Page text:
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  37. Lin Chao-Tien (1978). Solutions to the Paradoxes of Confirmation, Goodman's Paradox, and Two New Theories of Confirmation. Philosophy of Science 45 (3):415-419.
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  38. Silvio Seno Chibeni (2010). Locke on the Epistemological Status of Scientific Laws. Principia 9 (1-2):19-41.
    This article aims to defend Locke against Quine’s charge, made in his famous “two dogmas” paper, that Locke’s theory of knowledge is badly flawed, not only for assuming the dogmas, but also for adopting an “intolerably restrictive” version of the dogma of reductionism. It is shown here that, in his analysis of the epistemological status of scientific laws, Locke has effectively transcended the narrow idea-empiricism which underlies this version of reductionism. First, in order to escape idealism, he introduced the notion (...)
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  39. David Christensen (1997). What is Relative Confirmation? Noûs 31 (3):370-384.
    It is commonly acknowledged that, in order to test a theoretical hypothesis, one must, in Duhem' s phrase, rely on a "theoretical scaffolding" to connect the hypothesis with something measurable. Hypothesis-confirmation, on this view, becomes a three-place relation: evidence E will confirm hypothesis H only relative to some such scaffolding B. Thus the two leading logical approaches to qualitative confirmation--the hypothetico-deductive (H-D) account and Clark Glymour' s bootstrap account--analyze confirmation in relative terms. But this raises questions about the philosophical interpretation (...)
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  40. F. M. Christensen (1998). Hypothesis Confirmation is Induction by Enumeration. Philosophia 26 (1-2):79-103.
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  41. José Alberto Coffa (1970). Two Remarks on Hempel's Logic of Confirmation. Mind 79 (316):591-596.
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  42. L. Jonathan Cohen (1966). What has Confirmation to Do with Probabilities? Mind 75 (300):463-481.
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  43. H. M. Collins (1994). A Strong Confirmation of the Experimenters' Regress. Studies in History and Philosophy of Science Part A 25 (3):493-503.
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  44. Mark Colyvan (1999). Confirmation Theory and Indispensability. Philosophical Studies 96 (1):1-19.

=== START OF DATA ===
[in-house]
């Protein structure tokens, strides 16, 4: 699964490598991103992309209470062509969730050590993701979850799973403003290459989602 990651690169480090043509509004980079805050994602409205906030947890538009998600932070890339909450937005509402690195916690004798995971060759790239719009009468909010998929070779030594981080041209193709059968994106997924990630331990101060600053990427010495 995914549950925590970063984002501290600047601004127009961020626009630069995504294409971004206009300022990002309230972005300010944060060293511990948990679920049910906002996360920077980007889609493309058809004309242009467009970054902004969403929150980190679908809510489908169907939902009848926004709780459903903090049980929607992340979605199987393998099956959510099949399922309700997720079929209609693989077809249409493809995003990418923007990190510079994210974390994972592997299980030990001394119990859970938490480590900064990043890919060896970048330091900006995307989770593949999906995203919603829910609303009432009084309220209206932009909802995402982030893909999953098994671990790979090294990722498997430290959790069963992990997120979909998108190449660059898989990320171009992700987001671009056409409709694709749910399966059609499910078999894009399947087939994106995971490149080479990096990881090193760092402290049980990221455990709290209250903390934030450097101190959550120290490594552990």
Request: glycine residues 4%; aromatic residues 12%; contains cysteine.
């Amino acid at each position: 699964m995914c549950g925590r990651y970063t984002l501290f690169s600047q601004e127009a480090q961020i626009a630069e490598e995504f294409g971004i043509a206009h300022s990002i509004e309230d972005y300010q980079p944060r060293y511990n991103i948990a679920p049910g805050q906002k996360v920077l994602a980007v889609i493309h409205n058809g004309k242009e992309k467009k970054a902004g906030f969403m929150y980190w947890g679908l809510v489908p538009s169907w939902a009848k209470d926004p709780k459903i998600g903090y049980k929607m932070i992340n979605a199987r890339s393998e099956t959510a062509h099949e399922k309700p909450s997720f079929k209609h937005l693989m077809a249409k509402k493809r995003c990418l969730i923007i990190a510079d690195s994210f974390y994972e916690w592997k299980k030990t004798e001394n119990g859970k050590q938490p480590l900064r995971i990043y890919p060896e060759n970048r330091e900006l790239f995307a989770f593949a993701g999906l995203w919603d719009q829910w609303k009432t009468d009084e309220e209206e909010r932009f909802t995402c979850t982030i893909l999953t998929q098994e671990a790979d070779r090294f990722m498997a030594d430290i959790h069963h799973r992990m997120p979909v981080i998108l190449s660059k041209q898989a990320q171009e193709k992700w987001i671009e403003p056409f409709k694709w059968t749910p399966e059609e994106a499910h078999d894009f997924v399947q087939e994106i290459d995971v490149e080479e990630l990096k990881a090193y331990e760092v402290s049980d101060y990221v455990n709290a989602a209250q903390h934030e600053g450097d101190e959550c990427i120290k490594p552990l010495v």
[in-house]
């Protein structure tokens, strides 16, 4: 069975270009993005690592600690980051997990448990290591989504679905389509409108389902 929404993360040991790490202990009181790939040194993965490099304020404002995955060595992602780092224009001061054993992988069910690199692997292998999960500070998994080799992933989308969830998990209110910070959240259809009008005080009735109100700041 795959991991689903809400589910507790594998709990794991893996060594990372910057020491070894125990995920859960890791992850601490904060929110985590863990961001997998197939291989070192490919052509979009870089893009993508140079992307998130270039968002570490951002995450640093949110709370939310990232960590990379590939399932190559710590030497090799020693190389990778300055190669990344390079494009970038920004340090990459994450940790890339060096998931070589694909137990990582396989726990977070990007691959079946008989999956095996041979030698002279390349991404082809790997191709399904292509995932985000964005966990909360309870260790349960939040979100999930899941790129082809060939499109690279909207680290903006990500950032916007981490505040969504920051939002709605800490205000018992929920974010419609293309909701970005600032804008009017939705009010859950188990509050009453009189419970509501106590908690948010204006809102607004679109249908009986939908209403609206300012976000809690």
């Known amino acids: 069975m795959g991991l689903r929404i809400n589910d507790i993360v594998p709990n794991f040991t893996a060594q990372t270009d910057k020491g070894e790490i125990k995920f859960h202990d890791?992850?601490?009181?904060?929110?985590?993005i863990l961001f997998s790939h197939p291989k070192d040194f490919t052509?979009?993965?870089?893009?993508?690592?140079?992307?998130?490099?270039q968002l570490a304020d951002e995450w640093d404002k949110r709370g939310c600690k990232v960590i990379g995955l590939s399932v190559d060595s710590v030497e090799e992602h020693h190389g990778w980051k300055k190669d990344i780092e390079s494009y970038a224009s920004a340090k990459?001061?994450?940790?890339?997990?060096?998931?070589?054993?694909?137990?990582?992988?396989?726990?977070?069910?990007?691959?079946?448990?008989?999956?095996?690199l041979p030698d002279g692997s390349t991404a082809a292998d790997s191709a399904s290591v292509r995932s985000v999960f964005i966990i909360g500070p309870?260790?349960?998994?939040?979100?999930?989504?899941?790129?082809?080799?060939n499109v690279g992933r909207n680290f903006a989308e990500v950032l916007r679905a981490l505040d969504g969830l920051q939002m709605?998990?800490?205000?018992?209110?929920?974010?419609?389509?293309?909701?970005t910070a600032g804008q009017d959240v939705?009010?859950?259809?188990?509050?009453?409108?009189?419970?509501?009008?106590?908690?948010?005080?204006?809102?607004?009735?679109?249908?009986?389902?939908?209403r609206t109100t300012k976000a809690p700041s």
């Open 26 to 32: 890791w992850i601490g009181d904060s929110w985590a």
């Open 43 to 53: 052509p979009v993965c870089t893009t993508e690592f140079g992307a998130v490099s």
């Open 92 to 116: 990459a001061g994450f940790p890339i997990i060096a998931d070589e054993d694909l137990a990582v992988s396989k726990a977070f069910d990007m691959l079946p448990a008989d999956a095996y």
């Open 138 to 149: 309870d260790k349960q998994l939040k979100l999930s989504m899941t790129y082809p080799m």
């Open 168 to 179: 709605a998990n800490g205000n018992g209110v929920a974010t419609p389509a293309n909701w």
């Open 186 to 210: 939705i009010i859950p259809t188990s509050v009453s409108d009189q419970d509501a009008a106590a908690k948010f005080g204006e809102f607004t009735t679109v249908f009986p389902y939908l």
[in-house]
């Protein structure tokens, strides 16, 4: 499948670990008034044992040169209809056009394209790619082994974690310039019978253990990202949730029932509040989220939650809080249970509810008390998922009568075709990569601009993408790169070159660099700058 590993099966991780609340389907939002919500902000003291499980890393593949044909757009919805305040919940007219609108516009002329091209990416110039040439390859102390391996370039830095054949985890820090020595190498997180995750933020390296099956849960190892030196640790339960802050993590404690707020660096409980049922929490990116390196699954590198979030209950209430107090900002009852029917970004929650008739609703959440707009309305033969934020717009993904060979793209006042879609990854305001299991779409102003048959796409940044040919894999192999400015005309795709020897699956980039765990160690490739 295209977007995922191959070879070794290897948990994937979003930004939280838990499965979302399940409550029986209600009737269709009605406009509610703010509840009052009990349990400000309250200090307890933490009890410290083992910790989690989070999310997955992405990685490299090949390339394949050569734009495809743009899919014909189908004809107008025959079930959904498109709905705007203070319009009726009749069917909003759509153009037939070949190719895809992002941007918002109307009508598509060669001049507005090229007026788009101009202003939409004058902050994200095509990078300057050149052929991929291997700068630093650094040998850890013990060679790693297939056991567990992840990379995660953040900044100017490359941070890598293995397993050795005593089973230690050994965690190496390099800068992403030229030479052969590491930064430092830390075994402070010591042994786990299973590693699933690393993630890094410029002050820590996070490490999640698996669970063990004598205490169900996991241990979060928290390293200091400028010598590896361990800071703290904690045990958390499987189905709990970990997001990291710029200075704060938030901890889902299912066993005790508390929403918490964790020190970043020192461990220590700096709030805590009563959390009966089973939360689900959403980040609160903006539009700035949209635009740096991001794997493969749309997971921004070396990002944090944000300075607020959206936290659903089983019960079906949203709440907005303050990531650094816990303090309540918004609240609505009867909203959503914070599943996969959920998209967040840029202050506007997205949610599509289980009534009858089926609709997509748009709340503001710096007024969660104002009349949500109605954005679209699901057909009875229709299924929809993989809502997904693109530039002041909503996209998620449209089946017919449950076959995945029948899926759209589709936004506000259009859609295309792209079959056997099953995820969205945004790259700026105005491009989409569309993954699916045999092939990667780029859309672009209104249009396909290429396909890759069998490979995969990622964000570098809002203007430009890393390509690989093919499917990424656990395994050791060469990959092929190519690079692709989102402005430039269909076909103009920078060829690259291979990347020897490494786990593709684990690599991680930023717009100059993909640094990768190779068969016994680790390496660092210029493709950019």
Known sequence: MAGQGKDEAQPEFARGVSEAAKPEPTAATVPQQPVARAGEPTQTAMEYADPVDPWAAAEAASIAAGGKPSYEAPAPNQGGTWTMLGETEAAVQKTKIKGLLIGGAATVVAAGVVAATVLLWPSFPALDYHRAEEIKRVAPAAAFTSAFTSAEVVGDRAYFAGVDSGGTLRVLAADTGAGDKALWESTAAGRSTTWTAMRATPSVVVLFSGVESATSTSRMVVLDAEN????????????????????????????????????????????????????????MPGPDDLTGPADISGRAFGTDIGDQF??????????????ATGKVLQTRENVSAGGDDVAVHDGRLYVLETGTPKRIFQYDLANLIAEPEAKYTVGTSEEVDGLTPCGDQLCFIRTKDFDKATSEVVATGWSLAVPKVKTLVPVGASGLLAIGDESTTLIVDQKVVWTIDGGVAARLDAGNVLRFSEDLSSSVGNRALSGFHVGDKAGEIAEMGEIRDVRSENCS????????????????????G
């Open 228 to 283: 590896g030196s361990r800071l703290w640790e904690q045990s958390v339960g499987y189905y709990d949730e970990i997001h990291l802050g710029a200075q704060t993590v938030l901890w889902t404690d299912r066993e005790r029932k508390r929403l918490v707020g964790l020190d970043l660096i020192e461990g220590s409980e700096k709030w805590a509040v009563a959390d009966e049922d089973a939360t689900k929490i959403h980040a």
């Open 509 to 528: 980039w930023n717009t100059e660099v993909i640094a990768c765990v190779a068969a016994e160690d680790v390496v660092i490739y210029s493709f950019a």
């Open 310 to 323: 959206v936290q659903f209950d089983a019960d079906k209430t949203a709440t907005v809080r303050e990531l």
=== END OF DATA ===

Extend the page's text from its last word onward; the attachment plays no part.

In this paper I examine Quine''s indispensability argument, with particular emphasis on what is meant by ''indispensable''. I show that confirmation theory plays a crucial role in answering this question and that once indispensability is understood in this light, Quine''s argument is seen to be a serious stumbling block for any scientific realist wishing to maintain an anti-realist position with regard to mathematical entities.
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  45. Vincenzo Crupi, Branden Fitelson & Katya Tentori (2008). Probability, Confirmation, and the Conjunction Fallacy. Thinking and Reasoning 14 (2):182 – 199.
    The conjunction fallacy has been a key topic in debates on the rationality of human reasoning and its limitations. Despite extensive inquiry, however, the attempt to provide a satisfactory account of the phenomenon has proved challenging. Here we elaborate the suggestion (first discussed by Sides, Osherson, Bonini, & Viale, 2002) that in standard conjunction problems the fallacious probability judgements observed experimentally are typically guided by sound assessments of _confirmation_ relations, meant in terms of contemporary Bayesian confirmation theory. Our main formal (...)
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  46. Zbigniew Czerwiński (1960). Degree of Confirmation and Critical Region. Studia Logica 10 (1):119 - 122.
  47. Jared Darlington (1959). On the Confirmation of Laws. Philosophy of Science 26 (1):14-24.
    The author discusses some difficulties involved in the application of "degree of confirmation" to the confirmation of lawlike-statements. An alternative analysis is proposed, which is based on interval estimation. It is argued that this analysis is superior to the criticized method, in that it is better able to show how instantial confirmations are inductively relevant to a law, and in that it requires fewer undesirable extra-logical assumptions.
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  48. Harald Dickson (1990). Evidential Support and Undermining: Revision of Håkan Törnebohm's Theory of Confirmation. [REVIEW] Journal for General Philosophy of Science 21 (1):163-182.
    In 1975, 'An Essay on Knowledge Formation' by H. Törnebohm was published in this Journal. Its content in revised form was included in a work in Swedish of 1983 on knowledge development. HT defines his confirmation criterion in terms of a measure of truth degree T, which is based on a measure of matching M, which is also used as a measure of the degree to which proposition p (an hypothesis) is supported or undermined by another proposition q (the evidence (...)
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  49. Tanya Ditommaso (2002). Contradiction and Confirmation. Symposium 6 (1):23-35.
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  50. Aysel Dogan (2005). Confirmation of Scientific Hypotheses as Relations. Journal for General Philosophy of Science 36 (2):243 - 259.
    In spite of several attempts to explicate the relationship between a scientific hypothesis and evidence, the issue still cries for a satisfactory solution. Logical approaches to confirmation, such as the hypothetico-deductive method and the positive instance account of confirmation, are problematic because of their neglect of the semantic dimension of hypothesis confirmation. Probabilistic accounts of confirmation are no better than logical approaches in this regard. An outstanding probabilistic account of confirmation, the Bayesian approach, for instance, is found to be defective (...)